(The Hamilton Spectator – Saturday, December 19, 2020)
It’s been a year of sadness. Not to bum you out. I’m just saying. And a year of vulnerability.
Vulnerable. This was the man outside my house. His name is Victor. He’d walked across the city for some hours, pushing a cart of bottles collected along the way for money. He wore a grey hat and the sort of coat that will somehow get him through winter.
I saw him while walking the dog. I invited him in and we talked. I was struck by his humility of spirit, a gentle acceptance of life as it is. Victor, a vulnerable traveler of sorts who didn’t pretend to be anything else. It was a moment.
Not long after, online, I listened to a Texan artist, Scott Erickson, talk about Sadness, the character from the movie Inside Out. Visiting Disneyland, Scott had observed a couple of people with another Inside Out character, Joy. But for Sadness – likely some young girl working for minimum wage inside that character costume – they lined up five rows deep.
There’s the severely disabled boy in a wheelchair holding her hand. The middle-aged woman hugging Sadness for a long moment. Some teens. Now Scott thanks Sadness. Not because sadness comes to mess anyone up, but because it invites us into a deeper human experience. It grounds us. Centers us. “I was so grateful,” Scott explained. “The only way to describe the moment is that it felt holy.”
A vulnerable visitor to my home. Sadness working silently. They’re a couple of my own notes in the cacophony of a year that’s been both full of noise and impregnated with clarity.
Worldwide, COVID has now taken 1.6 million people. More than 300,000 are our American neighbours. In Canada, by Christmas Day, it’s expected nearly 15,000 will have succumbed. Some without even a touch or last good-bye. Maybe you know this loss personally. Or you’ve lost work. Or a relationship. Maybe you’ve lost your security. Or your false security, anyway.
Yes, if 2020 has said anything, it’s that as humans we’re all vulnerable. Now the holidays, a word derived from holy days. Now the year’s darkest days, literally. Now pandemic isolation.
Into this comes the God of Christmas, the mysterious one who appears in unexpected times and places. This is it. Once you’ve seen him, you never know how or where you’ll see him next. Or how far he might go, how low he might descend, to be with you. Hell doesn’t seem too far.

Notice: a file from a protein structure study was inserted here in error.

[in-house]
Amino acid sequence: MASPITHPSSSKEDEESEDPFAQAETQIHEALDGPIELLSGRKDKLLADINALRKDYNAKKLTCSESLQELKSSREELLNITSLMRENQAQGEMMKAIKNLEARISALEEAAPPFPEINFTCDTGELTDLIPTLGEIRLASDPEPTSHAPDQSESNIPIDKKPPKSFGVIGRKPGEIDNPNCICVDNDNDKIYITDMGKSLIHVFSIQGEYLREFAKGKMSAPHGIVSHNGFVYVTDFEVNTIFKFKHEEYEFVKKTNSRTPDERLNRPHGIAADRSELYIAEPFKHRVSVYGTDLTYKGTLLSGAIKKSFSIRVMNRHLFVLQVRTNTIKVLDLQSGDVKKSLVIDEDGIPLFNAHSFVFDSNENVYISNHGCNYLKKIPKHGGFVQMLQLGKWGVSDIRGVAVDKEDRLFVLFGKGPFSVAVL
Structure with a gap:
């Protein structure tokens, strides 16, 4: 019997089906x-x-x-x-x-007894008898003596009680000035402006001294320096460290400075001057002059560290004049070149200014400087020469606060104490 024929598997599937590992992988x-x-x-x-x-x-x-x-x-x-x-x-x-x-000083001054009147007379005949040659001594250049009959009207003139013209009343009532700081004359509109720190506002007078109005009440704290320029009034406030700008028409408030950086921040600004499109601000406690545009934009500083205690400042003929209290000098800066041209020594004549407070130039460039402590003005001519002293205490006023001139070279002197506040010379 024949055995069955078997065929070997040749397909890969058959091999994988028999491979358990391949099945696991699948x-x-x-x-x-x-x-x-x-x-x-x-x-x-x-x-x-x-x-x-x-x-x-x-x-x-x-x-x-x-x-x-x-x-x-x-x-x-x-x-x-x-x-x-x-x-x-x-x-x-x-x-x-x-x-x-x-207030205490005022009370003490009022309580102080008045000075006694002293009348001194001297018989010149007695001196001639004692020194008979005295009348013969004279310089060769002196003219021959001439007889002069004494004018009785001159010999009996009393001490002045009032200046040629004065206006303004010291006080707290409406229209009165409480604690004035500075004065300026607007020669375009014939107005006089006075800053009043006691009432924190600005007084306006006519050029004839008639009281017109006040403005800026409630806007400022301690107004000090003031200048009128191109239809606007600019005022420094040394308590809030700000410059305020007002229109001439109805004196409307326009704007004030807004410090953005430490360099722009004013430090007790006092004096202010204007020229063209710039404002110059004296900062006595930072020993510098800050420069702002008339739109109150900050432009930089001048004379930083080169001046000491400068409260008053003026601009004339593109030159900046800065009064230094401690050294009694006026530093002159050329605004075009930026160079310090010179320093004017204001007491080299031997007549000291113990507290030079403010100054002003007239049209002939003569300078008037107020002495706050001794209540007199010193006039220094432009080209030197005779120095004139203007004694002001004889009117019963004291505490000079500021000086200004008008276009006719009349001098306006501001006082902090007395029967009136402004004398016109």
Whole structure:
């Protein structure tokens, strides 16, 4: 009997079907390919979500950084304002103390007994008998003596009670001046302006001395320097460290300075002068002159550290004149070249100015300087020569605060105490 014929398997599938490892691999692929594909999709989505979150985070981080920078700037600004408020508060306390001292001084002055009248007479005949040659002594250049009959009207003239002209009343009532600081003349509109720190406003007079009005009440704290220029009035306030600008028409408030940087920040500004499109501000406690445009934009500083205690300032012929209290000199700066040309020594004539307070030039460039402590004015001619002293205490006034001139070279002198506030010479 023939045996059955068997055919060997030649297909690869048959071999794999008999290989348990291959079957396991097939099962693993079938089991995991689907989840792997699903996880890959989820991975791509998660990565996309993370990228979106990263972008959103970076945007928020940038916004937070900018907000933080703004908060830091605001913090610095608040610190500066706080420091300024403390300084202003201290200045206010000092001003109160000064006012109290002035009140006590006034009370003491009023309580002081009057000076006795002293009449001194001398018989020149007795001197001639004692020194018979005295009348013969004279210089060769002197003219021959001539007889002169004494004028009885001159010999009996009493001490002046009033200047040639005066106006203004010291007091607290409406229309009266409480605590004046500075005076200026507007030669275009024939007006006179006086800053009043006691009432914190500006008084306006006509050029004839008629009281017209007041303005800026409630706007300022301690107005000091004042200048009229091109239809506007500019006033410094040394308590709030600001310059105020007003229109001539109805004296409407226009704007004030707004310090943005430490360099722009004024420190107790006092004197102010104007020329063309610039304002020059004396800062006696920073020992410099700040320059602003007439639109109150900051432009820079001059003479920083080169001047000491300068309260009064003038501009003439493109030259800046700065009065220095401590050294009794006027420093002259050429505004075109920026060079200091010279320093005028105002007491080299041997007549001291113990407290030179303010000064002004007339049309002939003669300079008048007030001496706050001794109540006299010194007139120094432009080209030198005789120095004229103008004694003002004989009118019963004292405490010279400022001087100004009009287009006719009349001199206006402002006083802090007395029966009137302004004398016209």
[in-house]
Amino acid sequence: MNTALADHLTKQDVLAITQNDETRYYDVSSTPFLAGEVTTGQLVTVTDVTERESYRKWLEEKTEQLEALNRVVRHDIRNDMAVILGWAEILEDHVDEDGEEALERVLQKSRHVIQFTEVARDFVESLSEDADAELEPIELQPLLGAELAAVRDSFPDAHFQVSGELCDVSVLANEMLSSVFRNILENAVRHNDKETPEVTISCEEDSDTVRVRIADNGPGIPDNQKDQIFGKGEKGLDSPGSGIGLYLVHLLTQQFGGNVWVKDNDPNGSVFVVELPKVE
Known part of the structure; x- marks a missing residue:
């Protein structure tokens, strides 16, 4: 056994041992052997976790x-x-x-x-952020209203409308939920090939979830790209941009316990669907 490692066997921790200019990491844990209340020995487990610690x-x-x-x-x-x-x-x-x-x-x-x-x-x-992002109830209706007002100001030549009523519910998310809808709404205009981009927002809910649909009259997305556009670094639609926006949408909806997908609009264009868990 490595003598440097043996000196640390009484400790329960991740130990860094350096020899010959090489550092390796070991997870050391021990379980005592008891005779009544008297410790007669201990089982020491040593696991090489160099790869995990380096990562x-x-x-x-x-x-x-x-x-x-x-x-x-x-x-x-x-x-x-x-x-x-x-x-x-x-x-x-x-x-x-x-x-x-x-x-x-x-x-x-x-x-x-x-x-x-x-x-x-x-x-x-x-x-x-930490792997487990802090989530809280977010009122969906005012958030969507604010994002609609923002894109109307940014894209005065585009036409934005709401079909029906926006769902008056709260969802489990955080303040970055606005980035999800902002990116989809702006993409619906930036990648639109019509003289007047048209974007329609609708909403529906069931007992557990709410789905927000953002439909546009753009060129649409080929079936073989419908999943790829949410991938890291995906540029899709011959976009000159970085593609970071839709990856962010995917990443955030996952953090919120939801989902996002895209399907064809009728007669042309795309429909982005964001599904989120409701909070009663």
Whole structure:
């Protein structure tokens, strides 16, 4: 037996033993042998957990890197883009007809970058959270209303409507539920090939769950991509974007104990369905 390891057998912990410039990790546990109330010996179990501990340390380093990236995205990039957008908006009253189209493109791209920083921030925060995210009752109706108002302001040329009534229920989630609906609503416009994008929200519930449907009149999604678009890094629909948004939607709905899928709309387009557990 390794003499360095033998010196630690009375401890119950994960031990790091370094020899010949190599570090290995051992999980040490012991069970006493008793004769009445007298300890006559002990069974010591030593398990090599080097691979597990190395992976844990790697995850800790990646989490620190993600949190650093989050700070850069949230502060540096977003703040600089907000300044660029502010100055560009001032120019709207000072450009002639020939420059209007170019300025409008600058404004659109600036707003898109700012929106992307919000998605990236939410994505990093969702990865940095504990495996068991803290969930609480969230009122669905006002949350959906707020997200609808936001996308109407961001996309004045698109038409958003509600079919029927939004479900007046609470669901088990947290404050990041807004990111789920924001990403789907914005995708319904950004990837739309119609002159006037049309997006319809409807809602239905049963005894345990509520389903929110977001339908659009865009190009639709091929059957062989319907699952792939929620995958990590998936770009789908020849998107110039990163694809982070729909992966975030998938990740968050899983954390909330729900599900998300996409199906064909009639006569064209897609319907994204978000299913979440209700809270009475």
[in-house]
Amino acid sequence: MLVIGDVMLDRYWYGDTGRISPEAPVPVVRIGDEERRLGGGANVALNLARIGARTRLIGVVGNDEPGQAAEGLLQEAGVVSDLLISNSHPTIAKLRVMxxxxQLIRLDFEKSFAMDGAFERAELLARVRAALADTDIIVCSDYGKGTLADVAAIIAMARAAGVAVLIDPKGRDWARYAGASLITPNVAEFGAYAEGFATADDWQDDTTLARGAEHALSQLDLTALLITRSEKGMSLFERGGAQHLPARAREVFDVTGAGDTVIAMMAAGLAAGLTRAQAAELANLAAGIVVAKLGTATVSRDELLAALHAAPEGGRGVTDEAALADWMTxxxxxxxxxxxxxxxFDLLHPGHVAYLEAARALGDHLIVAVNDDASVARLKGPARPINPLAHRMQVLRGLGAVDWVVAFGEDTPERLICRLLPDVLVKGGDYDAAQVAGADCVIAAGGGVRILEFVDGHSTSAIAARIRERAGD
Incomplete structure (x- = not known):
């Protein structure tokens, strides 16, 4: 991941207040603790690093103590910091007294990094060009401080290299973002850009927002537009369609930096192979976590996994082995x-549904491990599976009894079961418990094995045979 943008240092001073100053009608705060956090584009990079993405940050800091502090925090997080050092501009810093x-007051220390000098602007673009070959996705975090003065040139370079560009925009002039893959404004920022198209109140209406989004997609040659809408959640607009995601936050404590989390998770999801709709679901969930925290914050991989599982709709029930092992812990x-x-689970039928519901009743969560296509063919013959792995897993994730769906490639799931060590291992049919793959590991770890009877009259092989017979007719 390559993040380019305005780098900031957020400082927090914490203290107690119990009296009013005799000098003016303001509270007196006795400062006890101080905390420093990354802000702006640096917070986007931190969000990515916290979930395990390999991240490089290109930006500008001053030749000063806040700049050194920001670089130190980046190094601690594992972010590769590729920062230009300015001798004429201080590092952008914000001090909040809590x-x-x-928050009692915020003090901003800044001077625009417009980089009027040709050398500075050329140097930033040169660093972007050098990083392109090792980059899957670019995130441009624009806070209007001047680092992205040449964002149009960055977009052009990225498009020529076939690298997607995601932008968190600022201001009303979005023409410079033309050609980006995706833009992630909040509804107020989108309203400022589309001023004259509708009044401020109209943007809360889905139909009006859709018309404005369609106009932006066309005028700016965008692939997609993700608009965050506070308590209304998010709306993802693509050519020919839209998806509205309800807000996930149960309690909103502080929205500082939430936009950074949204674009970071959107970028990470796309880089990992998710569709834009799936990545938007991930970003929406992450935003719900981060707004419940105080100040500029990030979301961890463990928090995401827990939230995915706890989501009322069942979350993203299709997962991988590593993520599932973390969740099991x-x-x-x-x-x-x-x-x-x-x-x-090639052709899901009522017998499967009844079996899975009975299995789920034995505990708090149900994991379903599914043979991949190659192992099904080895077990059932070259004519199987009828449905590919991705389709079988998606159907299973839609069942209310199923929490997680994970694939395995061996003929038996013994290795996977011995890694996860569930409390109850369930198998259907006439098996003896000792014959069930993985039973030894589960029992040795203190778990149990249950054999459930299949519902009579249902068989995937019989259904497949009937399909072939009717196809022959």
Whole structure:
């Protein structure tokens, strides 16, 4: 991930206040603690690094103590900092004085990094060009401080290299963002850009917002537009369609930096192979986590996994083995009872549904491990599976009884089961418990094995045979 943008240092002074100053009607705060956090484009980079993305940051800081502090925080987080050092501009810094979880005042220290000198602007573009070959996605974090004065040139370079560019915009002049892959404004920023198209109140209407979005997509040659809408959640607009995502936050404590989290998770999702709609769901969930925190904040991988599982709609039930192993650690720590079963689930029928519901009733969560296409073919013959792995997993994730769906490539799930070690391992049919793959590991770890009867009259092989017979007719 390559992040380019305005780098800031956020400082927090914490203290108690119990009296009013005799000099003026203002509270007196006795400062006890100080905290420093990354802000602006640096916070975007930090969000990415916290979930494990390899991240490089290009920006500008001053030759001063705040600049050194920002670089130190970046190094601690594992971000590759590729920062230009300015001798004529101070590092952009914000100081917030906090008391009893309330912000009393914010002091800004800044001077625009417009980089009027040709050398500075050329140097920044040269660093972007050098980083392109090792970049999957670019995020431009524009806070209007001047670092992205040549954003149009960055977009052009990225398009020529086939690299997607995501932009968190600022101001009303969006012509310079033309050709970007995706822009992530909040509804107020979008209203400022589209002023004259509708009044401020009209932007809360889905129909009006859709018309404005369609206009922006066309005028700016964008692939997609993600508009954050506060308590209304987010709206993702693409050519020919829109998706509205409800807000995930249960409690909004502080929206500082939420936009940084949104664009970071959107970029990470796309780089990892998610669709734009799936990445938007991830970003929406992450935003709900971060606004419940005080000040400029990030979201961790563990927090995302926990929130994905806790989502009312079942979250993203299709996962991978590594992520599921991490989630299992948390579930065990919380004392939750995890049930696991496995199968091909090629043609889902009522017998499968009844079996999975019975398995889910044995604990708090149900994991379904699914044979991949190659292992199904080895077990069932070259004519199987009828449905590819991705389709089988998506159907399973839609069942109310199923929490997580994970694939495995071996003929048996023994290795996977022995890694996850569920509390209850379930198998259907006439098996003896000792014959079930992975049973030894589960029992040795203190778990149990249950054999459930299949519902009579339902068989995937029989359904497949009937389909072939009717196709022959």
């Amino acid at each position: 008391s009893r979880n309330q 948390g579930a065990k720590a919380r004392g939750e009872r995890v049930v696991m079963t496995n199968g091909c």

Consider that first Christmas in ancient Palestine, a broken place in constant fear of its Roman oppressors. Now this strange birth, a king apparently born in the backwater of Bethlehem to an impoverished and scorned family. The day’s political ruler sought to kill the child, Jesus. Then again, his closest birth companions, some smelly animals, could have accidentally stepped on him.
A king of vulnerability if there ever was one. A king of some different kingdom. A king also well-acquainted with grief and sadness. Later, at his death, he’d be given a crown of thorns to show this. Then, as many millions believe, Christ’s descent to free those in hell, before his visible resurrection, validation that there is peace and goodwill extended to humanity. This is the joy of Christmas.
“In him was life and that life was the light of humankind. The light shines in the darkness and the darkness has not overcome it,” is how the ancient apostle John put it.
This is the heart of it. The Christmas narrative lends itself best to darkness. Look past the season’s schmaltz and goofy sentimentality, and this is what you’re left with: a God of mystery, of surprise, who not only identifies with the sort of sadness and vulnerability that’s marked and marred our 2020, but one who weaves himself into our daily affairs and concerns.
Pay attention. This is what it all really seems to say. Pay attention to the portals. The windows. The unexpected. The humour. Yes, pay attention to things hidden in plain view because this is the nature of life. Certainly pay attention to your own life and the mystery that it holds.
The year 2020 is almost gone. I mean, if ever there was a year to pay attention.